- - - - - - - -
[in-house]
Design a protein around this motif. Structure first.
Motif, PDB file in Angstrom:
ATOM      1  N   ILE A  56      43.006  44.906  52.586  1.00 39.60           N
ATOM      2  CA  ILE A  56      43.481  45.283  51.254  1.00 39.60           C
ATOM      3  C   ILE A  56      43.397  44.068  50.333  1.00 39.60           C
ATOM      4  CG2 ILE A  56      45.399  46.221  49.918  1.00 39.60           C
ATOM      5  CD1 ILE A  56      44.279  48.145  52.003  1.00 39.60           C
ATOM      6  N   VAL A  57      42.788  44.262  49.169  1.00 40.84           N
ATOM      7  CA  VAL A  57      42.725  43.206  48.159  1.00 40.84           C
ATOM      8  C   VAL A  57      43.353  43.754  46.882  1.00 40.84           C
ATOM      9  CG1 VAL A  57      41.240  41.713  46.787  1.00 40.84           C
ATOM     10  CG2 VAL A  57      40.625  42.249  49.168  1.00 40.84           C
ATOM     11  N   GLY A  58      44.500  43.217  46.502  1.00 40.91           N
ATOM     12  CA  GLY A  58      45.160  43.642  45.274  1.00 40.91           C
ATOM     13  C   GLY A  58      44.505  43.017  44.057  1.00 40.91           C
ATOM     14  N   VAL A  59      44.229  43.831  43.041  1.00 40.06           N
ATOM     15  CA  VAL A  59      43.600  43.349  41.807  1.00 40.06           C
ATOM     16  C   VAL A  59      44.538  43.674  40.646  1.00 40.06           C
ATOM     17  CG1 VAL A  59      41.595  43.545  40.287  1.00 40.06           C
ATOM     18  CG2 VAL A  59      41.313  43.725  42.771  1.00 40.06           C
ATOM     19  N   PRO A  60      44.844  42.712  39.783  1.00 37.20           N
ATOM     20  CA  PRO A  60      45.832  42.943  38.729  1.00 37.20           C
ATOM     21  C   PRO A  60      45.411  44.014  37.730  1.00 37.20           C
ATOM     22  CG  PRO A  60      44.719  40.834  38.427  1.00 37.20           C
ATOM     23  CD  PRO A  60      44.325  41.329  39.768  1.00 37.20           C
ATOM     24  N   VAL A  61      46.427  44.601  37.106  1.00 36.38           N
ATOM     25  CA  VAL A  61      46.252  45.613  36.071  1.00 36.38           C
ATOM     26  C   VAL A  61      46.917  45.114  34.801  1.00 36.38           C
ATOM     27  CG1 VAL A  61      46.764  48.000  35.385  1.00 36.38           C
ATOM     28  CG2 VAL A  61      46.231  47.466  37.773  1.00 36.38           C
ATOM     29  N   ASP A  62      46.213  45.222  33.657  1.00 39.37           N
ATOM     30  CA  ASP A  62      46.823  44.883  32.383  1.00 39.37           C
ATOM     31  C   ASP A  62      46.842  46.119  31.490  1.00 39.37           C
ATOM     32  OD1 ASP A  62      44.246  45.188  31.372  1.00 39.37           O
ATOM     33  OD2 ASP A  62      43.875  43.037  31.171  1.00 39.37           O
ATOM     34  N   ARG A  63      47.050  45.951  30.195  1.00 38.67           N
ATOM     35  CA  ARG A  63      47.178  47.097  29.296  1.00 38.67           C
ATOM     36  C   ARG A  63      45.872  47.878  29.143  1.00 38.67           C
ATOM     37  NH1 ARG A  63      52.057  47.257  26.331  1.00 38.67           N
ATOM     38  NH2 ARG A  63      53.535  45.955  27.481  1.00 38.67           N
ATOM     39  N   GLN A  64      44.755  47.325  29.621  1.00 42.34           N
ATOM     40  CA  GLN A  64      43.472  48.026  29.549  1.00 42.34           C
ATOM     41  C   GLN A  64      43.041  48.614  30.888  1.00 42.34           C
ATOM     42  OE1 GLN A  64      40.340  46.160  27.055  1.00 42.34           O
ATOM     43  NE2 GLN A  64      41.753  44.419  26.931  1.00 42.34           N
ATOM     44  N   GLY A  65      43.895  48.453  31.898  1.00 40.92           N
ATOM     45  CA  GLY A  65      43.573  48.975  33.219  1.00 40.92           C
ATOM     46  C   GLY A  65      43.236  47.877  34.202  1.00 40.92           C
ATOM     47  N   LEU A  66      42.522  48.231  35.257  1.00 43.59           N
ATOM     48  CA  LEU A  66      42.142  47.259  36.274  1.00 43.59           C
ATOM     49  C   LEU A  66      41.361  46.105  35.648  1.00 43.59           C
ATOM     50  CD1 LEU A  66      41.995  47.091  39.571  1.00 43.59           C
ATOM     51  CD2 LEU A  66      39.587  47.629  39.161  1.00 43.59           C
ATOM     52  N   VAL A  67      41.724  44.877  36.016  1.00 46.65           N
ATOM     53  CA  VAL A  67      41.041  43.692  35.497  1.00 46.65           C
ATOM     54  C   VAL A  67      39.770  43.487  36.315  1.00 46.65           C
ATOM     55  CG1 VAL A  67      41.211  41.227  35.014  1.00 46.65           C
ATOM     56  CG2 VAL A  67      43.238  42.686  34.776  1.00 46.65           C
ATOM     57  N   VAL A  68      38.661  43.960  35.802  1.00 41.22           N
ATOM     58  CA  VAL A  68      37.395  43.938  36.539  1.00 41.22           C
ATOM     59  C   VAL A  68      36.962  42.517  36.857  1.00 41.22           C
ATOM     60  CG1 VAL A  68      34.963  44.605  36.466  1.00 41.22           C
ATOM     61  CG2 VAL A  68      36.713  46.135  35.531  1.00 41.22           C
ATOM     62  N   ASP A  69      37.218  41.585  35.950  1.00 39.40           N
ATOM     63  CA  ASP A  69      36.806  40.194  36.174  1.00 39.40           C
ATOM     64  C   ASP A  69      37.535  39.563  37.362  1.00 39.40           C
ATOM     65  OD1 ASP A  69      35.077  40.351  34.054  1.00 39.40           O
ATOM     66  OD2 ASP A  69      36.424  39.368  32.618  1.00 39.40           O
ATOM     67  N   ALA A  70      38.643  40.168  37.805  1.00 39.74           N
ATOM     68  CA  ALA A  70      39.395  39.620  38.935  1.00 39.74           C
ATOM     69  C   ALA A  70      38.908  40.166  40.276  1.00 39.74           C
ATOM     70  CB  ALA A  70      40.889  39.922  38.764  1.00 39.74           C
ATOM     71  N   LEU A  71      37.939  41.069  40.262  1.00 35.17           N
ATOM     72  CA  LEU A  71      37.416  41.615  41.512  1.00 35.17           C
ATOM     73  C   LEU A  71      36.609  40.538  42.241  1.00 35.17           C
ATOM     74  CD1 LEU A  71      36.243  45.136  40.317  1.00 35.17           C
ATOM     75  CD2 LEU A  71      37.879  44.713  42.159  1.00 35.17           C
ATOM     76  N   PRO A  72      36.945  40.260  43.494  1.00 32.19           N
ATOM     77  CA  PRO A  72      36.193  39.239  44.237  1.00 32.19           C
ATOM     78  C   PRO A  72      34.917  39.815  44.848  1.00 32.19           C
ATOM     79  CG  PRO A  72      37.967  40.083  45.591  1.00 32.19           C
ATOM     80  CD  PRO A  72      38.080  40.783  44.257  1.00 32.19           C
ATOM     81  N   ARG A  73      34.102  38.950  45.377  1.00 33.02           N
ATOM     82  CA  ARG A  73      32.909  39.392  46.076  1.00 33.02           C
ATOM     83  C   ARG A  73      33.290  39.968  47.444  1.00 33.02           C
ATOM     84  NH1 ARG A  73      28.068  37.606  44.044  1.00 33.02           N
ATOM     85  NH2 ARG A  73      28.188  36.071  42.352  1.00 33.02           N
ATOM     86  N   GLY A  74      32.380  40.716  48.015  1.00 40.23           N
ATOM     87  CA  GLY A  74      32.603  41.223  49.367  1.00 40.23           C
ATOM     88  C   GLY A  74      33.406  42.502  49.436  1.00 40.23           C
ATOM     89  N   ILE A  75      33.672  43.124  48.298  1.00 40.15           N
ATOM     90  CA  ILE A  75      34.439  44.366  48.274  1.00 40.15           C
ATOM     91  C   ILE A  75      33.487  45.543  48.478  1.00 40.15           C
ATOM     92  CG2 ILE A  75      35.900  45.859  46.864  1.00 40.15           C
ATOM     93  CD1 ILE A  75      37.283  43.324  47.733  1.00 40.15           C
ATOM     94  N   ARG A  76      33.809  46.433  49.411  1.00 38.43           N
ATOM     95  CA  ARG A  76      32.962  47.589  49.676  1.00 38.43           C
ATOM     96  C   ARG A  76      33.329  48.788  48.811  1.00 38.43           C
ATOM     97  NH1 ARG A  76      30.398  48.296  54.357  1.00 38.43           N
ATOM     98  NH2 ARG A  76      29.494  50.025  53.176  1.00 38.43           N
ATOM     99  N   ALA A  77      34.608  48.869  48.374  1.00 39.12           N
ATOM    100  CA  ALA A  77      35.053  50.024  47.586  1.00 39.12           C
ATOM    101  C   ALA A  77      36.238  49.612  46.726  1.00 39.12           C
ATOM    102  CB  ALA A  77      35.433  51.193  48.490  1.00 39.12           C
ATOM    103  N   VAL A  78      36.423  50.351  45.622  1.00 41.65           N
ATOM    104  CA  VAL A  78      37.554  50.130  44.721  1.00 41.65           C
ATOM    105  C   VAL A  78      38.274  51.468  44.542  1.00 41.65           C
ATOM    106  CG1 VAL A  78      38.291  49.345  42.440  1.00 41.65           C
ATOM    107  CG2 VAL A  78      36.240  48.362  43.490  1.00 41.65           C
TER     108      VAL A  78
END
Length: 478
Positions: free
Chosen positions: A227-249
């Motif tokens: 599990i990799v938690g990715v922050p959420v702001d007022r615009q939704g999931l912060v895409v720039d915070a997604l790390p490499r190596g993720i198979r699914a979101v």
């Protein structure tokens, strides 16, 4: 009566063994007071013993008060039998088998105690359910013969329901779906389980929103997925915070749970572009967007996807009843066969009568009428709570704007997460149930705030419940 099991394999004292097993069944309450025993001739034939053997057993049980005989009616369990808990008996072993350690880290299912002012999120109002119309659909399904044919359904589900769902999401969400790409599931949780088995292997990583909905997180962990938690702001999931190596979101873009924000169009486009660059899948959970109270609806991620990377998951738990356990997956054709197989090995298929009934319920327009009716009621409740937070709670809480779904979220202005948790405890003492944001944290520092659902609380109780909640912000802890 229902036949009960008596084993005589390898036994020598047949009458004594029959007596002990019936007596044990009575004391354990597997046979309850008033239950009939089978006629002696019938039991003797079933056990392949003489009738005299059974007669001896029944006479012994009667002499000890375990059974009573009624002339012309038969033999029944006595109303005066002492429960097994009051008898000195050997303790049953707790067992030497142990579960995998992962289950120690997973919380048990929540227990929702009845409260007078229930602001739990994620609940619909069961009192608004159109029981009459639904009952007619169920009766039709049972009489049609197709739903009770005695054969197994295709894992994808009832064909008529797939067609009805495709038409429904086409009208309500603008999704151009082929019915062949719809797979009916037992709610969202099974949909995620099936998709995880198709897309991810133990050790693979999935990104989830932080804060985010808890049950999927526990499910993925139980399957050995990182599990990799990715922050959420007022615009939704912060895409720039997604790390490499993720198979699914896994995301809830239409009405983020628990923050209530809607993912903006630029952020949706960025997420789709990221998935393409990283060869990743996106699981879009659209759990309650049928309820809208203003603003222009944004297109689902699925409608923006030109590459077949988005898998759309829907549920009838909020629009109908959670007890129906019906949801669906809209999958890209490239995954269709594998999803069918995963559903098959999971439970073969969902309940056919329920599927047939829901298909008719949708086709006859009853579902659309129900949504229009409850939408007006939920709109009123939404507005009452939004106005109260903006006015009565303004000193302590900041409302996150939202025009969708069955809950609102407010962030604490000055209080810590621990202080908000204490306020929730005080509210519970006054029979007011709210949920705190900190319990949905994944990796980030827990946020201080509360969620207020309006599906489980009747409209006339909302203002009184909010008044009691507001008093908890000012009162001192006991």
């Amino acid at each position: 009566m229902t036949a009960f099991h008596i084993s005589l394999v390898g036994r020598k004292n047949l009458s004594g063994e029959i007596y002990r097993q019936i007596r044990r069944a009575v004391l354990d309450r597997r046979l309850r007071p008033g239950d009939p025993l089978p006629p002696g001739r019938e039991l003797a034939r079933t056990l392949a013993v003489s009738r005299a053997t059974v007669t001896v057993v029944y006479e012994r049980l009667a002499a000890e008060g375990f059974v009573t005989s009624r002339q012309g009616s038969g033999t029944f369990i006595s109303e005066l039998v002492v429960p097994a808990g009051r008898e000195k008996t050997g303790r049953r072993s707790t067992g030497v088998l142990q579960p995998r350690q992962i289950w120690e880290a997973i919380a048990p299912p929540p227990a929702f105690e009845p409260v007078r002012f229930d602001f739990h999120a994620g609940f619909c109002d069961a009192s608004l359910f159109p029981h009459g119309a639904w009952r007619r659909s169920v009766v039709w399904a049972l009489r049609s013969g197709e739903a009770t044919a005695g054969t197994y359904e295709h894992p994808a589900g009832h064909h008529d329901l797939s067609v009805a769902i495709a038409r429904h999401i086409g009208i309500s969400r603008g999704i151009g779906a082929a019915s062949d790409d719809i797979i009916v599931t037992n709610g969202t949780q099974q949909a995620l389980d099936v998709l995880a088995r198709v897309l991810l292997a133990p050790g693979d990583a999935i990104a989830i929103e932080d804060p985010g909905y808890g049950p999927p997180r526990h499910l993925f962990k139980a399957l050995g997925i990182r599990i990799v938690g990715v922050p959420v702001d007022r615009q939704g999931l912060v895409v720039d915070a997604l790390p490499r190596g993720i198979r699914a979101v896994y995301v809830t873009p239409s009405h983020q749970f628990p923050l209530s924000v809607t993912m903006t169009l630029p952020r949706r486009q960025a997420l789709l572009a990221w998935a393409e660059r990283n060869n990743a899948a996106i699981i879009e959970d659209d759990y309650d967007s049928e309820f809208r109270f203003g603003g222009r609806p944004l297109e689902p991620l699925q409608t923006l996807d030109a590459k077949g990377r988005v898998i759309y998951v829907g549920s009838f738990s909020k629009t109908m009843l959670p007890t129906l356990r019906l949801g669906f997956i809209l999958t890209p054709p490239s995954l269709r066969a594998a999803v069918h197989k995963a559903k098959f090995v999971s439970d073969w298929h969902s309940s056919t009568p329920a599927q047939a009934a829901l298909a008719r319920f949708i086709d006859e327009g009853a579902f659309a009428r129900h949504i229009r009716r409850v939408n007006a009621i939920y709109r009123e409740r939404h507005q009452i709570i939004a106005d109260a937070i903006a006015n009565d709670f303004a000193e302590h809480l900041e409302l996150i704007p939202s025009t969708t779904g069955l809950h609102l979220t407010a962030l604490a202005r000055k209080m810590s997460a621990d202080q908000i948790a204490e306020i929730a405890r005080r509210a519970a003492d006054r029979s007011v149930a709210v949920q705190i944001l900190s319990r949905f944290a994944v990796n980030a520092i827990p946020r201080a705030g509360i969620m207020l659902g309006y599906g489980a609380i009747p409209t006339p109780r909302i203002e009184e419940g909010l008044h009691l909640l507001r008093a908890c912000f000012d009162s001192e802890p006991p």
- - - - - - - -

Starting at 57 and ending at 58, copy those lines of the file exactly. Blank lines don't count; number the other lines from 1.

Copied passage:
ATOM     54  C   VAL A  67      39.770  43.487  36.315  1.00 46.65           C
ATOM     55  CG1 VAL A  67      41.211  41.227  35.014  1.00 46.65           C